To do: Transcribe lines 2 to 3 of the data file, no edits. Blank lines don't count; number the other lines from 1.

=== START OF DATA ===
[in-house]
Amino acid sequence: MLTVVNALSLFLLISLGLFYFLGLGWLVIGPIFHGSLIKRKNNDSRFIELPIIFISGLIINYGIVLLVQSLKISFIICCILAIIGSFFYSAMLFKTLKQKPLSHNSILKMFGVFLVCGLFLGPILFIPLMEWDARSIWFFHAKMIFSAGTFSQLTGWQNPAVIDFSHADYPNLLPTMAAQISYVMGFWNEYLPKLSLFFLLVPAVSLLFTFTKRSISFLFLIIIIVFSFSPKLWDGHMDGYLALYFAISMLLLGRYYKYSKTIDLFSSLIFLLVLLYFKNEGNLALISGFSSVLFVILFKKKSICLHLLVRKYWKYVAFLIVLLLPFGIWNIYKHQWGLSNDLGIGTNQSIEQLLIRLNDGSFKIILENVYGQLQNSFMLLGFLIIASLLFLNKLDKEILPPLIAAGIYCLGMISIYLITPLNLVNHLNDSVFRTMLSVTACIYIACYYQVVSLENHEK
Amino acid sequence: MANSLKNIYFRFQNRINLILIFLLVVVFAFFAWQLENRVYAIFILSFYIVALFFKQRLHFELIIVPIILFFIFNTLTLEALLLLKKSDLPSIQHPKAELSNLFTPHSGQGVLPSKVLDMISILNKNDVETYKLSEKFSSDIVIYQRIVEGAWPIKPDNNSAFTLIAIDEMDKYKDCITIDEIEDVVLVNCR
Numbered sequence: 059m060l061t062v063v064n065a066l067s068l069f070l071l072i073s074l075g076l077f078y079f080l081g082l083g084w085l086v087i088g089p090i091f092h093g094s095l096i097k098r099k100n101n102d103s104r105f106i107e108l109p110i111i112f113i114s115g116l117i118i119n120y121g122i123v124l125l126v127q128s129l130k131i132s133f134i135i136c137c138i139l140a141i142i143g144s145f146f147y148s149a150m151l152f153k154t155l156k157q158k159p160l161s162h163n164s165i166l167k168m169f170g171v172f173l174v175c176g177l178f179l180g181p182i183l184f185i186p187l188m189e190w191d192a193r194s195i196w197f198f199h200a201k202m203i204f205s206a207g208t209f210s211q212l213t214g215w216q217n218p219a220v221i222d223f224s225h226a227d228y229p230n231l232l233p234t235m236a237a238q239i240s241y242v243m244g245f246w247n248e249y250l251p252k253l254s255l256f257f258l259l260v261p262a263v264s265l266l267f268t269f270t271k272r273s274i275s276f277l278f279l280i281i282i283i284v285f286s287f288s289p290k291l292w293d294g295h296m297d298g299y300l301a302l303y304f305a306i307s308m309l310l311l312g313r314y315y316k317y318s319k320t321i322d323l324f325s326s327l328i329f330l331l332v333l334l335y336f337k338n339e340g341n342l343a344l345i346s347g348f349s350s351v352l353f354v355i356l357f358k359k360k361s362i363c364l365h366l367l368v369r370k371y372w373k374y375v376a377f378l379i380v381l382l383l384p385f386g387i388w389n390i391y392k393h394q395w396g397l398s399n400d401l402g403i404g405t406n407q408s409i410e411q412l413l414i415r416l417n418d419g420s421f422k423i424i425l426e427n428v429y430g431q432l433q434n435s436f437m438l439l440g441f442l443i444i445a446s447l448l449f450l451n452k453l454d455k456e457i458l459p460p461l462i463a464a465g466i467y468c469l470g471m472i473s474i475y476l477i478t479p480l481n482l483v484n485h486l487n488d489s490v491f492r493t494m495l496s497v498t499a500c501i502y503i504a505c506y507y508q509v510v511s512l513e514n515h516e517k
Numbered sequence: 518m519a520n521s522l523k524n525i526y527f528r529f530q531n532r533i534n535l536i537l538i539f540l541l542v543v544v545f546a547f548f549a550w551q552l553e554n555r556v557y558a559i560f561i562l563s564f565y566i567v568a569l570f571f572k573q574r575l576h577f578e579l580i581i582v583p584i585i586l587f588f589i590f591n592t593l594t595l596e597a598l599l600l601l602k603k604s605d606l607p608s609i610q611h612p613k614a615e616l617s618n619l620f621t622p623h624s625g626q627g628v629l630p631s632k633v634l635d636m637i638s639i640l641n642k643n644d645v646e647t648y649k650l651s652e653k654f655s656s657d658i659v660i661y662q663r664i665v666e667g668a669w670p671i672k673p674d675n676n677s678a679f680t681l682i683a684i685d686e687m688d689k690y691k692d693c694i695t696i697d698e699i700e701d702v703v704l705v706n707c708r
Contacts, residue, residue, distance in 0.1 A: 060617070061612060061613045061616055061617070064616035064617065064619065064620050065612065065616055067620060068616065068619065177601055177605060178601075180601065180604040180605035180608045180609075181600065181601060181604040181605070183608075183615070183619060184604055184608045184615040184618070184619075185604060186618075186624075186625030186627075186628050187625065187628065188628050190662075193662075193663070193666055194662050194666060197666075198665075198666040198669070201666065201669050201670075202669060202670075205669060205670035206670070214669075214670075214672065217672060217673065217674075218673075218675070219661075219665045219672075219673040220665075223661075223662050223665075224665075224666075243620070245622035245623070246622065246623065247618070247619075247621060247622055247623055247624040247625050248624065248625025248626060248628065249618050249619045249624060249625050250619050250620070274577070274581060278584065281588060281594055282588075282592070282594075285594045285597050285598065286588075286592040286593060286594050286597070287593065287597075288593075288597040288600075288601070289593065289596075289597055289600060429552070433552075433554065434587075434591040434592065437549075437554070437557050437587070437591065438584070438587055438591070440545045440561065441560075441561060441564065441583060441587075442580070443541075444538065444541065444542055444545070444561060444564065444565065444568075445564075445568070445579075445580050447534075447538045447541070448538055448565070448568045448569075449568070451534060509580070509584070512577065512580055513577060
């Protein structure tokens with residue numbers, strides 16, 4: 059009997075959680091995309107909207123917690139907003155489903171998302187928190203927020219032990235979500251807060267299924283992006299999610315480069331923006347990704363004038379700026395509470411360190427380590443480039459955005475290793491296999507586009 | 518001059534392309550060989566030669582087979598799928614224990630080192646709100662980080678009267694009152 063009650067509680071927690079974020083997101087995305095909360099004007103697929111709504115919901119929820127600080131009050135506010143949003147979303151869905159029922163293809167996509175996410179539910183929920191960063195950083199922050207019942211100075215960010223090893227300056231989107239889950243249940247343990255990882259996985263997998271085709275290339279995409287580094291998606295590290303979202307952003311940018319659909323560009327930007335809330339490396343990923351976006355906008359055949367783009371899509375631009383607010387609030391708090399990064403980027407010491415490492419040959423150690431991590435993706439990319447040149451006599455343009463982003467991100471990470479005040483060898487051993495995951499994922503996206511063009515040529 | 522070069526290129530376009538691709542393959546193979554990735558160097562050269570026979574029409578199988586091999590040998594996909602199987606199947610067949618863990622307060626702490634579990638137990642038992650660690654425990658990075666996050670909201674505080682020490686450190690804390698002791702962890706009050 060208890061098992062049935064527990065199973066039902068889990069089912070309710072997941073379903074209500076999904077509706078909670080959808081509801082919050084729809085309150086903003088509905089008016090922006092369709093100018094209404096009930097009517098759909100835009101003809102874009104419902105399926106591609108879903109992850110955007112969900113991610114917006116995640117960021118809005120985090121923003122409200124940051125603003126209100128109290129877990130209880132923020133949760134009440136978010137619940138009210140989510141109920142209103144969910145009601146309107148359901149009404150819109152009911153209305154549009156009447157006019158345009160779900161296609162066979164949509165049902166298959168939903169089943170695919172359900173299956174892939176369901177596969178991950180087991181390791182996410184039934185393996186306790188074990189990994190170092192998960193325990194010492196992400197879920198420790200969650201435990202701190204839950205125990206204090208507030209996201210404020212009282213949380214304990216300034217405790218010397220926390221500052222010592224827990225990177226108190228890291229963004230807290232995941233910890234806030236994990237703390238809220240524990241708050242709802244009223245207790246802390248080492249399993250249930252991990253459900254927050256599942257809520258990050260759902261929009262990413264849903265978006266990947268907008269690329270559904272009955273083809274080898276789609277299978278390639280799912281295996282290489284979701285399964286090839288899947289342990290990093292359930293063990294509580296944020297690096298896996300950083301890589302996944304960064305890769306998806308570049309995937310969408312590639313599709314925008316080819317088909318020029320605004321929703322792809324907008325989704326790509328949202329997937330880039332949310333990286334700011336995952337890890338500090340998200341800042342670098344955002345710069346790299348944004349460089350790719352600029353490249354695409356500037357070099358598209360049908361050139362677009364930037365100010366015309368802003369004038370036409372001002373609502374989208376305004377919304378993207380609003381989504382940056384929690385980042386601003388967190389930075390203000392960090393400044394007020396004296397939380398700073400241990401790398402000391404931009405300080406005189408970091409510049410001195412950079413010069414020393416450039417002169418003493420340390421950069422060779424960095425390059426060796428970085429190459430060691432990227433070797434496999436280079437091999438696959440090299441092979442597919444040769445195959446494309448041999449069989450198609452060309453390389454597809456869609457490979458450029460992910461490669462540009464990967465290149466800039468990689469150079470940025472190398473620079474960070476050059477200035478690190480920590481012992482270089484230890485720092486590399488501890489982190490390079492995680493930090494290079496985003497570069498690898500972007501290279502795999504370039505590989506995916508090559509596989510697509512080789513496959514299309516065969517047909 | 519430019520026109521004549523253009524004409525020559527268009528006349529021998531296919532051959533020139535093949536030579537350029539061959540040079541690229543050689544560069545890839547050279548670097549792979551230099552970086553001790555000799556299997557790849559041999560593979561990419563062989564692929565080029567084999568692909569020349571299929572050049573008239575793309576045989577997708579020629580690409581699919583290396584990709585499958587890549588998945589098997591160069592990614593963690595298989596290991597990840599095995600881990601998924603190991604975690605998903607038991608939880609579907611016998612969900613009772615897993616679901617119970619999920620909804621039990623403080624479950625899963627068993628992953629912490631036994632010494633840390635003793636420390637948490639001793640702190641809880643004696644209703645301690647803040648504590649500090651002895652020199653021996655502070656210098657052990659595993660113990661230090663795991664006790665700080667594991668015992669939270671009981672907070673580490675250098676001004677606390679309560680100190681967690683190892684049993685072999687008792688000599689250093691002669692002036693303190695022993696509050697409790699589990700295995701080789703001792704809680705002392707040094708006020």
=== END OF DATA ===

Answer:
Amino acid sequence: MLTVVNALSLFLLISLGLFYFLGLGWLVIGPIFHGSLIKRKNNDSRFIELPIIFISGLIINYGIVLLVQSLKISFIICCILAIIGSFFYSAMLFKTLKQKPLSHNSILKMFGVFLVCGLFLGPILFIPLMEWDARSIWFFHAKMIFSAGTFSQLTGWQNPAVIDFSHADYPNLLPTMAAQISYVMGFWNEYLPKLSLFFLLVPAVSLLFTFTKRSISFLFLIIIIVFSFSPKLWDGHMDGYLALYFAISMLLLGRYYKYSKTIDLFSSLIFLLVLLYFKNEGNLALISGFSSVLFVILFKKKSICLHLLVRKYWKYVAFLIVLLLPFGIWNIYKHQWGLSNDLGIGTNQSIEQLLIRLNDGSFKIILENVYGQLQNSFMLLGFLIIASLLFLNKLDKEILPPLIAAGIYCLGMISIYLITPLNLVNHLNDSVFRTMLSVTACIYIACYYQVVSLENHEK
Amino acid sequence: MANSLKNIYFRFQNRINLILIFLLVVVFAFFAWQLENRVYAIFILSFYIVALFFKQRLHFELIIVPIILFFIFNTLTLEALLLLKKSDLPSIQHPKAELSNLFTPHSGQGVLPSKVLDMISILNKNDVETYKLSEKFSSDIVIYQRIVEGAWPIKPDNNSAFTLIAIDEMDKYKDCITIDEIEDVVLVNCR